Potomac resident Renan Kennedy, creator of Sans Skincare natural products, shows some of her products at her home on Thursday, April 12. She started a line of natural skincare products after searching for soothing moisturizers for her mother, who was undergoing chemotherapy.
Photo by Peggy McEwan/The Almanac
Spend just a little time with Renan Kennedy, and you will be reading not just food labels, but labels on every moisturizer and skin care product in your arsenal.
Kennedy is the founder of Sans Skincare, a natural, plant-based skincare brand.
“Sans,” she said, “means ‘without’ in French.”
And her products are without harsh chemicals, even not harsh chemicals, anything that works against the natural environment of the skin.
A rule of thumb, she said, when looking at the ingredients of skin care products, is to look for water.
“Then you know it’s not an all-natural product,” she said. “Water in a formulation means you have to put in a preservative, which is fine, but the problem is, when you put it on your skin, you destroy the ecosystem on the body. Bacteria on skin is so important — it protects us.”
Kennedy, who spent years working as a graphic artist, said she became interested in skin care products when her mother was undergoing chemotherapy for pancreatic cancer.
“Her skin was so dry, [my sister and I] were lotioning her every day,” she said. “A friend who worked for a company that formulates lotions said not to use them on [my mother].”
So, Kennedy started looking for something else.
“I didn’t understand, there is so much bad stuff in [skin care formulas]. I was just an average person, so I started looking up the words on products,” she said.
Her research led her to create natural, plant-based products that work with the skin, she said.
“I came to this from the back end,” she said. “My love is not mixing ingredients; my love is learning about the ingredients.”
Kennedy’s mother died in 2012 and within six months she realized that so many friends were asking for her moisturizers that she began to think about creating a business.
“When I started selling, I became a company,” she said.
At first her focus was on “word of mouth” advertising but she soon realized the need for a long-term business plan.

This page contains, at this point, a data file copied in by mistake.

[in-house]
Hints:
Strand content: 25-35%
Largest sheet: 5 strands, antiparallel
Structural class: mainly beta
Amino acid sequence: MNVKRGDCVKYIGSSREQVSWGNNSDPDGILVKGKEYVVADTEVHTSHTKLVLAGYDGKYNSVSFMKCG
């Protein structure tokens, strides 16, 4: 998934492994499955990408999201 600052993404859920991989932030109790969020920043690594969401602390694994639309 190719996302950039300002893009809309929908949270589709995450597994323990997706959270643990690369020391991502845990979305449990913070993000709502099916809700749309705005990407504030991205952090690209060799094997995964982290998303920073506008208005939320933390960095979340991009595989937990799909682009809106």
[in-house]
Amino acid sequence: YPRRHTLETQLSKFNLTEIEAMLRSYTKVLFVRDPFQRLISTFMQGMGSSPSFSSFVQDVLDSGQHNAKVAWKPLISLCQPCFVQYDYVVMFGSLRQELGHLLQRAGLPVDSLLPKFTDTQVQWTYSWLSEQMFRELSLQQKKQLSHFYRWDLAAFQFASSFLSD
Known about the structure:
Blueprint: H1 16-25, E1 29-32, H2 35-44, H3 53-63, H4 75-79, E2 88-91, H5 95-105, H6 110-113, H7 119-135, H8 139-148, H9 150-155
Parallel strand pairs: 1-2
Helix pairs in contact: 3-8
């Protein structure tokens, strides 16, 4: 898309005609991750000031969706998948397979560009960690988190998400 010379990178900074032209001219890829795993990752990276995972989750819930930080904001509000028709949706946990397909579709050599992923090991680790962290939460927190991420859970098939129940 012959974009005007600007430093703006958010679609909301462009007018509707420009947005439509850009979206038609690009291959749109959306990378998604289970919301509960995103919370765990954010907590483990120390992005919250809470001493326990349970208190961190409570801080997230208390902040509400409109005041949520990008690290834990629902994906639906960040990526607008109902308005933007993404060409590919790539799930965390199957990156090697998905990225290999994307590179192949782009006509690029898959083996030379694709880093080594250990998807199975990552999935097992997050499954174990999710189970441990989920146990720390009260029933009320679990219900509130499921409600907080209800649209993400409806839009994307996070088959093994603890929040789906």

That is when she turned to SCORE, an organization of volunteer business experts providing free small business mentoring sessions and workshops services to clients in nationwide.
Kennedy said her mentor is experienced in retail.
“He has been wonderful,” she said. “He is smart, knowledgeable, and resourceful.”
This year Kennedy entered SCORE’s American Small Business Championship and was selected one of two winners from Maryland. The other state winner is also a local business: The Pediatric Development Center, LLC, of Silver Spring, submitted by Amy Wetherill.
As a state winner, Kennedy will go to Reno, Nevada to compete against other state winners and two from the District of Columbia for one of three $15,000 awards to invest in her business.
Kennedy already knows what she will do with the money when she wins.
“It would be huge for me to go to a trade show and get my products in front of people,” she said.
“I really do feel that we are doing something good. It’s my mission. People don’t understand the complicated world of chemicals and we’ve taken it upon ourselves to educate. I lost my mother and just recently my sister to cancer. This has got to end. I vet every single ingredient that goes into my skincare for purity and safety. I’m a home-grown girl, people in my community know me and trust me. They know I’ve made it my passion to build a business that stands for honesty and keeping people healthy. It’s much more than just pushing products. It’s about doing event after event and talking to people, especially young girls who need to develop healthy skincare habits. It’s about educating so people can make informed decisions about what they bring into their lives. I want to teach people what I’ve learned about living a healthy life. Because of my losses to cancer, I do many events to raise money for cancer. We’ve all got to make a difference, and it starts right in our own backyards,” Kennedy said in her contest entry.